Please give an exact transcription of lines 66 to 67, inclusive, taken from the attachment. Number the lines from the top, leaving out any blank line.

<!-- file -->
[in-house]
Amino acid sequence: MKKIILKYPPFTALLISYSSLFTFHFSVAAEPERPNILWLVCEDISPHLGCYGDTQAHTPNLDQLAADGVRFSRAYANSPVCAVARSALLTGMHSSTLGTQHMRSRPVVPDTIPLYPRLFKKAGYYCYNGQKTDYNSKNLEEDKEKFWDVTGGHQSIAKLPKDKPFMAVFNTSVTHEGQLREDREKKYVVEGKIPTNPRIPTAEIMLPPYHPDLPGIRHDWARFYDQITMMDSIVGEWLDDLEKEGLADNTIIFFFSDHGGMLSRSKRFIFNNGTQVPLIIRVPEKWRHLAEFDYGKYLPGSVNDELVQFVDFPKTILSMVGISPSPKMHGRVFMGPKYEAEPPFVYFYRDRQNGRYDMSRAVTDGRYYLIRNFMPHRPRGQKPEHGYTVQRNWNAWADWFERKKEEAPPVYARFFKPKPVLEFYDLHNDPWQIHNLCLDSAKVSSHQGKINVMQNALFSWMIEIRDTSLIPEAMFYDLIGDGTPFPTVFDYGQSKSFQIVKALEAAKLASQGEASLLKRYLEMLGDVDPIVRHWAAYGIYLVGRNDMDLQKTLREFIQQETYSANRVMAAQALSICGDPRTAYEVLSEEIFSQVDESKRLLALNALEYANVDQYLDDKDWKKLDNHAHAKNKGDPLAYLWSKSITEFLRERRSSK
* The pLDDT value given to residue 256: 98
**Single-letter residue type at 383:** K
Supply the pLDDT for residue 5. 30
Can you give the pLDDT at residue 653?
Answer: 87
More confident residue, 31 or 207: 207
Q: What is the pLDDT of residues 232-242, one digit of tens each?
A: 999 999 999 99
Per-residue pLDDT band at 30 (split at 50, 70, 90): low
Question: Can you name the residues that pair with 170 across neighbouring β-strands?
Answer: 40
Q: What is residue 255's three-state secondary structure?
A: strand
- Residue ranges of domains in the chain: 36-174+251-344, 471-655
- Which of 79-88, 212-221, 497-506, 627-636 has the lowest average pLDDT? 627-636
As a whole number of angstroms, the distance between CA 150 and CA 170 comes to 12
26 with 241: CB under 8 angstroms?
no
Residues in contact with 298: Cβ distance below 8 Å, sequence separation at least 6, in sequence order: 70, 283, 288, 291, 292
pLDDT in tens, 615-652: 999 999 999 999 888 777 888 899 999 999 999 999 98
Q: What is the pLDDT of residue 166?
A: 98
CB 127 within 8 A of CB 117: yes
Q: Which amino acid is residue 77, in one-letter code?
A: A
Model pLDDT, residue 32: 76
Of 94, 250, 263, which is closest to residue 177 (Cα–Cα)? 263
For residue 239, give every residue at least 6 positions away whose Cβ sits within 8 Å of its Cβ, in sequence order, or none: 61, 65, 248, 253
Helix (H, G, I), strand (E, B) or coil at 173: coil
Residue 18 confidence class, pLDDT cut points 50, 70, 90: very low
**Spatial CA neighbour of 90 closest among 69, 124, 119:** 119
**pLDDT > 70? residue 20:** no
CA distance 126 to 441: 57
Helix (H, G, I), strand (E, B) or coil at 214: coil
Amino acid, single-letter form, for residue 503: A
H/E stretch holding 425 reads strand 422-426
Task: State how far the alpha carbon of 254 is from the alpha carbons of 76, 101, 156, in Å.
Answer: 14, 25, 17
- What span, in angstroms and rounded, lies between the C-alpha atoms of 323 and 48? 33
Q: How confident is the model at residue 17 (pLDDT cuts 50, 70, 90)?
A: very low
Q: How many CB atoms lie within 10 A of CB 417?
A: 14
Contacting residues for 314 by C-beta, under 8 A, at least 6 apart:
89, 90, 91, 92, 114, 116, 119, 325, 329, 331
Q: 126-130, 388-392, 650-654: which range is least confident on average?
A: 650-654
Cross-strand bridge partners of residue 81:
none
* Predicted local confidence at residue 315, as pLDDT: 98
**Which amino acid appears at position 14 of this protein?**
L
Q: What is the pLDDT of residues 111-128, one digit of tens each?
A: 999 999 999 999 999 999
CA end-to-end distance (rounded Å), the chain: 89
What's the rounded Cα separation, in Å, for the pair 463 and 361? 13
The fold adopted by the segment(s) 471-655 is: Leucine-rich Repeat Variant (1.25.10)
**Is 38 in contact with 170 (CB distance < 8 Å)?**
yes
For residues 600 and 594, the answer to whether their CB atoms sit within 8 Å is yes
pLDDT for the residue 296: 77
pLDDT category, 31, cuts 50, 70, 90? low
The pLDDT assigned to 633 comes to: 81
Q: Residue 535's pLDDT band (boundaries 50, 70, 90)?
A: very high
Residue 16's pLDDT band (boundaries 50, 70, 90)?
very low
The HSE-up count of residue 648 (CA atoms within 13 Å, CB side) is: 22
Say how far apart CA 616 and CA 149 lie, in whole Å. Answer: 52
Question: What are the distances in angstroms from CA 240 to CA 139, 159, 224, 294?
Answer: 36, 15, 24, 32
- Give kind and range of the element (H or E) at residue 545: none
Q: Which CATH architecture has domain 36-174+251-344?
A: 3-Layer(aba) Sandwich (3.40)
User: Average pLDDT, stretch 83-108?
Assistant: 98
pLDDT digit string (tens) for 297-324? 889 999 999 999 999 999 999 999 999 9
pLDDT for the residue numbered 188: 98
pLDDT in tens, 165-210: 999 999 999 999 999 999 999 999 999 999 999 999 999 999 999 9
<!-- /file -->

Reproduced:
Q: Residue 535's pLDDT band (boundaries 50, 70, 90)?
A: very high